Brexit without the campaigning

By Damian Handzy | 13 June 2016

With all the spin surrounding the Brexit vote, it can be difficult to get a clear sense of the facts. The United Kingdom is about to make the historic and potentially seismic decision of whether to exit or remain a part of the European Union. Financial markets are providing signals of both the likelihood of a Brexit vote and its potential impact. This article is not about making an argument for or against the UK remaining in the EU and will not use historic precedents or fundamental trade analysis to argue about the impact of a ‘leave’ vote. Such analyses are more than readily available elsewhere. Instead we will structure a framework for understanding what type of immediate financial impact can be expected from a vote to remain and from a vote to leave. We have chosen to examine what today’s currency markets can tell us about the chances of a Brexit. Since such a decision would impact all financial portfolios, whether or not they are directly invested in European or UK securities, we formulated a series of market implied stress tests to help financial professions estimate the impact of a Brexit on their own funds.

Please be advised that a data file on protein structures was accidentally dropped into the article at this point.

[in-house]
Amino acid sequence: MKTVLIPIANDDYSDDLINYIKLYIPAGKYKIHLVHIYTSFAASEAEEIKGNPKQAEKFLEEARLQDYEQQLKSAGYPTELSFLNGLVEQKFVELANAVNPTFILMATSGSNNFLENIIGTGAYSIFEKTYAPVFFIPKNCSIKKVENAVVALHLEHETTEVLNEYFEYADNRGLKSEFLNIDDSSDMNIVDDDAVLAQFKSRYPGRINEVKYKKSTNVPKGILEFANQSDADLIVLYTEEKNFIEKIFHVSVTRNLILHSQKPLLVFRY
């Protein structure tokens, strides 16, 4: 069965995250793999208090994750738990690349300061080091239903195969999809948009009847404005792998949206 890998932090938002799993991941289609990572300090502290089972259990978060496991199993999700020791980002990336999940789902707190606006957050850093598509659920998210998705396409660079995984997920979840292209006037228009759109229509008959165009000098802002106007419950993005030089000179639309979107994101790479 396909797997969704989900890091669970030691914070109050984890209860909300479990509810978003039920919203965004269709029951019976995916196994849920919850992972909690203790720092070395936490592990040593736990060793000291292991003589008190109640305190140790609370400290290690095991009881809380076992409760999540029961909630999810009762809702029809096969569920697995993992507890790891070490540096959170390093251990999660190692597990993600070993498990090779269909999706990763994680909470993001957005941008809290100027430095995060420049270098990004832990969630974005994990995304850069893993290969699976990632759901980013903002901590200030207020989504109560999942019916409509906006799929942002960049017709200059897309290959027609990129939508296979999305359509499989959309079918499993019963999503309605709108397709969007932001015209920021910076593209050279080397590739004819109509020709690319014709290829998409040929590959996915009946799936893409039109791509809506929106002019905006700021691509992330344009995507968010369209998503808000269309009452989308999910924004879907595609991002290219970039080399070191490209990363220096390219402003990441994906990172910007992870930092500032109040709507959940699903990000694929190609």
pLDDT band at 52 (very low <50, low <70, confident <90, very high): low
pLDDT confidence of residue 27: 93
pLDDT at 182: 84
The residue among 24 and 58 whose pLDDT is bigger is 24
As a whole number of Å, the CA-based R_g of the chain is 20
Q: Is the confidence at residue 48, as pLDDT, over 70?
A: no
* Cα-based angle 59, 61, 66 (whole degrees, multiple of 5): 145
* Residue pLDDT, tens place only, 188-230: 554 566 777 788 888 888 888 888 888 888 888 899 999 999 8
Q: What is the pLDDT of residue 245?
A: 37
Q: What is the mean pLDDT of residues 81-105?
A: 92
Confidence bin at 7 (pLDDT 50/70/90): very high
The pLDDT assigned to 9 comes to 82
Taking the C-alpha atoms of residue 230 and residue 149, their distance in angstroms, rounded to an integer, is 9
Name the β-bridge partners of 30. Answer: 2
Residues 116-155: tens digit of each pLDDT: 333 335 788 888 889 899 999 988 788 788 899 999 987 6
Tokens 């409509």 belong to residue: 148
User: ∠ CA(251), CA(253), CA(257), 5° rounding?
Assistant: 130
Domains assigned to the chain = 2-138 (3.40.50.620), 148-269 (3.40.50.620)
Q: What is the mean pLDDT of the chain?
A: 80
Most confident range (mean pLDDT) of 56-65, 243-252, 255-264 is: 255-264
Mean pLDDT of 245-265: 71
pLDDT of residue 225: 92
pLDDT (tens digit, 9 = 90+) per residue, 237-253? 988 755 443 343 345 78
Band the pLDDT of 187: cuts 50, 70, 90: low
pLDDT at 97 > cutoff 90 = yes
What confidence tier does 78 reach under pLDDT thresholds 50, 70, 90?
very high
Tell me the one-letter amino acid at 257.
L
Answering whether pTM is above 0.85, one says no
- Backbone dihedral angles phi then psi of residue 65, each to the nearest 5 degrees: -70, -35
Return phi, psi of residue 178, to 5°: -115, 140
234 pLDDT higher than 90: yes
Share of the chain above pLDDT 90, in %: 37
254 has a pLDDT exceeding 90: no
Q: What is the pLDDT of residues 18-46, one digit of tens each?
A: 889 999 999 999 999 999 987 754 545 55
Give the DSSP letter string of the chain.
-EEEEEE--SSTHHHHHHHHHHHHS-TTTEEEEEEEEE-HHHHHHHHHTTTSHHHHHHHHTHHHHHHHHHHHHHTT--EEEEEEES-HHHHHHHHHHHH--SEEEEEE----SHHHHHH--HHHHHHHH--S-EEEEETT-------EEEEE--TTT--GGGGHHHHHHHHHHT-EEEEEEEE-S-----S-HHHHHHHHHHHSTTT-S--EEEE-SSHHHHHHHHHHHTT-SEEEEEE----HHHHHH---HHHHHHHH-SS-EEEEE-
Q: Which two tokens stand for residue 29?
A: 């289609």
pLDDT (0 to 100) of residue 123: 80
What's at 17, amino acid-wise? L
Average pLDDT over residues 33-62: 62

The FX markets between the UK, EU and US provide a continuously traded high-volume data set that is deeply linked to a potential Brexit. While other factors, such as relative interest rates and GDP, certainly influence these markets, for the immediate future we believe they are dominated by traders’ evolving beliefs about the looming vote on June 23. We examined 2-month, 3-month and 6-month call and put quotes on GBP/USD, GBP/EUR and EUR/USD in late April. From the 25-delta and 10-delta volatility quotes, we extracted implied probabilities of movements in these three currencies under the two possible vote results: Exit and Remain. Bloomberg’s estimate of a market implied probability of a Brexit was about 30% in mid-April, consistent with the skew results we calculated from the FX option data.

Pound Sterling